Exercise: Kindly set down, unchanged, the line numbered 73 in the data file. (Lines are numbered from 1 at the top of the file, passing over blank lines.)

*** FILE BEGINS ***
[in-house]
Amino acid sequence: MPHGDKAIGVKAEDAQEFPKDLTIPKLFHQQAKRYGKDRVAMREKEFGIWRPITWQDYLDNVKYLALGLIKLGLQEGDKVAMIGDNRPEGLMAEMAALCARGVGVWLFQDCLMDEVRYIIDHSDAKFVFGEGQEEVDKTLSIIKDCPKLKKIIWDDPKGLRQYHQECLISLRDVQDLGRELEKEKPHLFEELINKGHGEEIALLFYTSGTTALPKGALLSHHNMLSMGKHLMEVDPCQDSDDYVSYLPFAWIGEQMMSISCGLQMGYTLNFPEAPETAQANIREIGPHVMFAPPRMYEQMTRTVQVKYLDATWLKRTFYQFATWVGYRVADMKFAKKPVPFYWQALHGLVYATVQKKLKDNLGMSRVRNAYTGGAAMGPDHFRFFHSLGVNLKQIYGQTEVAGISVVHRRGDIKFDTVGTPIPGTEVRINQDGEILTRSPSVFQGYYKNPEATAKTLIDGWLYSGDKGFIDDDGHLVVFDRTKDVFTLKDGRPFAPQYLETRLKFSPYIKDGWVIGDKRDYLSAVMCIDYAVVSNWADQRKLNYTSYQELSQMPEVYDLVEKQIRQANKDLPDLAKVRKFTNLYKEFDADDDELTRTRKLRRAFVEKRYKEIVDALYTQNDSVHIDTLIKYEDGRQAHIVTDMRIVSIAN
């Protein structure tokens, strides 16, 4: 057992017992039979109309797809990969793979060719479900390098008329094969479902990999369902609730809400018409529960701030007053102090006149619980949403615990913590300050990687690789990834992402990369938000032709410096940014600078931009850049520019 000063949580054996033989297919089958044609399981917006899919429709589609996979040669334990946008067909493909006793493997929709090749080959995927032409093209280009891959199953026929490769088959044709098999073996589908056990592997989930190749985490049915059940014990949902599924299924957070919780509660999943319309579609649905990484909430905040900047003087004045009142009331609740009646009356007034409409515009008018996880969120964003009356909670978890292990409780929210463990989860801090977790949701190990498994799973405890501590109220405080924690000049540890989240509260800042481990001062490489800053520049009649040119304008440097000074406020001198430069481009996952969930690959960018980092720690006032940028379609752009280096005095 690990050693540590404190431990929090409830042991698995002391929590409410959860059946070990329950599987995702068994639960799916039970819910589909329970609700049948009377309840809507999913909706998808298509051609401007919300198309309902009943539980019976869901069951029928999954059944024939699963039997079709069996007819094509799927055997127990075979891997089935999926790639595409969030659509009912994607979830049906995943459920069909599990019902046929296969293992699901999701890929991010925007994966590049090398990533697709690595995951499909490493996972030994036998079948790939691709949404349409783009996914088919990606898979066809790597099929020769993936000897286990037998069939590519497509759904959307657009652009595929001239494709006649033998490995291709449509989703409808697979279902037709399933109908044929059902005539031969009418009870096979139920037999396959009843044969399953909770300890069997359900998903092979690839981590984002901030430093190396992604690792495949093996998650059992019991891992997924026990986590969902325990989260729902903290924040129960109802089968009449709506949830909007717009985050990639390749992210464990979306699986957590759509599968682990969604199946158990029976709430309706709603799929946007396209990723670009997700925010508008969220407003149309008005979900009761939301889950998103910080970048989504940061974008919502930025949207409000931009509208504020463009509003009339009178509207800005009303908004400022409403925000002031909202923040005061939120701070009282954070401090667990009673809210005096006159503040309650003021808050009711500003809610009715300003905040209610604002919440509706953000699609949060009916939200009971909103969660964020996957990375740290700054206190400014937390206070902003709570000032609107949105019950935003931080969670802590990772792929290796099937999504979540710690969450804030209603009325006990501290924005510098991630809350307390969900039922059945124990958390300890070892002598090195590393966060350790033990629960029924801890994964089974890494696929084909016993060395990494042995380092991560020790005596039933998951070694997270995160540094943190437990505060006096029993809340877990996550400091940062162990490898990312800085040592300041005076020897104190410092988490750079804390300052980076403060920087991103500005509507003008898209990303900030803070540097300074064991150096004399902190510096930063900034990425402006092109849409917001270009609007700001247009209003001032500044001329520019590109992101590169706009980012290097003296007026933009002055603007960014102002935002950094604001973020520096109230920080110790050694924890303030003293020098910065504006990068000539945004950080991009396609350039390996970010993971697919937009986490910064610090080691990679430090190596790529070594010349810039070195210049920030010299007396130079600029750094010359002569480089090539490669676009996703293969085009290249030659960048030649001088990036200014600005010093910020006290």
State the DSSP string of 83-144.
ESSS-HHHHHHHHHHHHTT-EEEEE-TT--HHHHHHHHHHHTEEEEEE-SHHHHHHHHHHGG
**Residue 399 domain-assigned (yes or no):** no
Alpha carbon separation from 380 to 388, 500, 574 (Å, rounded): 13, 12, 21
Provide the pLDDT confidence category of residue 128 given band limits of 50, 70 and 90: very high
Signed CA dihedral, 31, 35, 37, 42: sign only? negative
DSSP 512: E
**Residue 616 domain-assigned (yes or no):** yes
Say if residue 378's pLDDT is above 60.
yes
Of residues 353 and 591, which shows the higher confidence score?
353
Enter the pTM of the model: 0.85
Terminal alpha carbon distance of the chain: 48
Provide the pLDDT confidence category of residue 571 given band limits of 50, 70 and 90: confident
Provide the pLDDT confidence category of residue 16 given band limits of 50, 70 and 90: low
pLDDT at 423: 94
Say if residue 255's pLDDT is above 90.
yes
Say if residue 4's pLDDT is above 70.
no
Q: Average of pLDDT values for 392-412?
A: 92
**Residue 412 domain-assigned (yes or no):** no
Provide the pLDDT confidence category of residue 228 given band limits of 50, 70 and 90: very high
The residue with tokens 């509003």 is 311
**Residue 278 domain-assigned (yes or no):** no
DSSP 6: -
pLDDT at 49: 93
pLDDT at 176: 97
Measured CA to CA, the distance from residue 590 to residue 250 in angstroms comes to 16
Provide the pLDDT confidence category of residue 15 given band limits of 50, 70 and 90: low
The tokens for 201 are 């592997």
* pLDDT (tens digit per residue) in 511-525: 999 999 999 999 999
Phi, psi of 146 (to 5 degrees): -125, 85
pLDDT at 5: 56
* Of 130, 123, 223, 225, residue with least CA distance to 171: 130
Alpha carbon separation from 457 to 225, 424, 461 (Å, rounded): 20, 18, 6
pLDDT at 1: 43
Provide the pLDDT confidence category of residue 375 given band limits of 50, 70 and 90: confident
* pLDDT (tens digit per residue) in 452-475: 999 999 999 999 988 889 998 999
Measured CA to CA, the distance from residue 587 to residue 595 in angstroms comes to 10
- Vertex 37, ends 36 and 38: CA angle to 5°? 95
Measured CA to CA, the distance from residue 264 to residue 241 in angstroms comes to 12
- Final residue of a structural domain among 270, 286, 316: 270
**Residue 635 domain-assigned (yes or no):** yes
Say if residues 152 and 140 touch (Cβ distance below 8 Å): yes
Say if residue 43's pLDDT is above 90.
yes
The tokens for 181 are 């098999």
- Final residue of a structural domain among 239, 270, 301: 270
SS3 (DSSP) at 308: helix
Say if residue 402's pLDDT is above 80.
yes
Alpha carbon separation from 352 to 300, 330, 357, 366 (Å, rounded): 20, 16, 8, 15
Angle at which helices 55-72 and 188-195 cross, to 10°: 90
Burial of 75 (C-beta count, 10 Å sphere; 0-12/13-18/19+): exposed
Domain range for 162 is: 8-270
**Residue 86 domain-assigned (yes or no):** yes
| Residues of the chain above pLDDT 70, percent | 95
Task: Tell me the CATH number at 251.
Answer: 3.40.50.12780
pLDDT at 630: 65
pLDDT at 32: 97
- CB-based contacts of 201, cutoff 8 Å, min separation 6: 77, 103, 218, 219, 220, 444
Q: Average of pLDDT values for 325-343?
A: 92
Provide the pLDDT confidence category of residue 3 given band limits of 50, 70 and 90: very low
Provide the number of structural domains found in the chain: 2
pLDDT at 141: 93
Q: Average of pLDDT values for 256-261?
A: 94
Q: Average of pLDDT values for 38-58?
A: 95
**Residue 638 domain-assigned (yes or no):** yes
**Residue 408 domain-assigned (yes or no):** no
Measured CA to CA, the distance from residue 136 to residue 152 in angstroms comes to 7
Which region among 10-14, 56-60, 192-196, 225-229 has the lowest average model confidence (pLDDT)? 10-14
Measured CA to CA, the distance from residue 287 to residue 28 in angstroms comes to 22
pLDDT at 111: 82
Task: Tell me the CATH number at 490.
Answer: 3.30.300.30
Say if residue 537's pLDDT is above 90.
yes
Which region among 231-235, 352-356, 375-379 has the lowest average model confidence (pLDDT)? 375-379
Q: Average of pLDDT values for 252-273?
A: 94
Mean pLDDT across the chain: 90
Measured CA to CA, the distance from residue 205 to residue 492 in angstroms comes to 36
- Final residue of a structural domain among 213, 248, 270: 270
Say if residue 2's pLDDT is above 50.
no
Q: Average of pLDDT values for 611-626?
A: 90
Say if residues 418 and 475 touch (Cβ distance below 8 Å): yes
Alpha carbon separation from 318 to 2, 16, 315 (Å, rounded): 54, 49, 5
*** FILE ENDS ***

pLDDT at 141: 93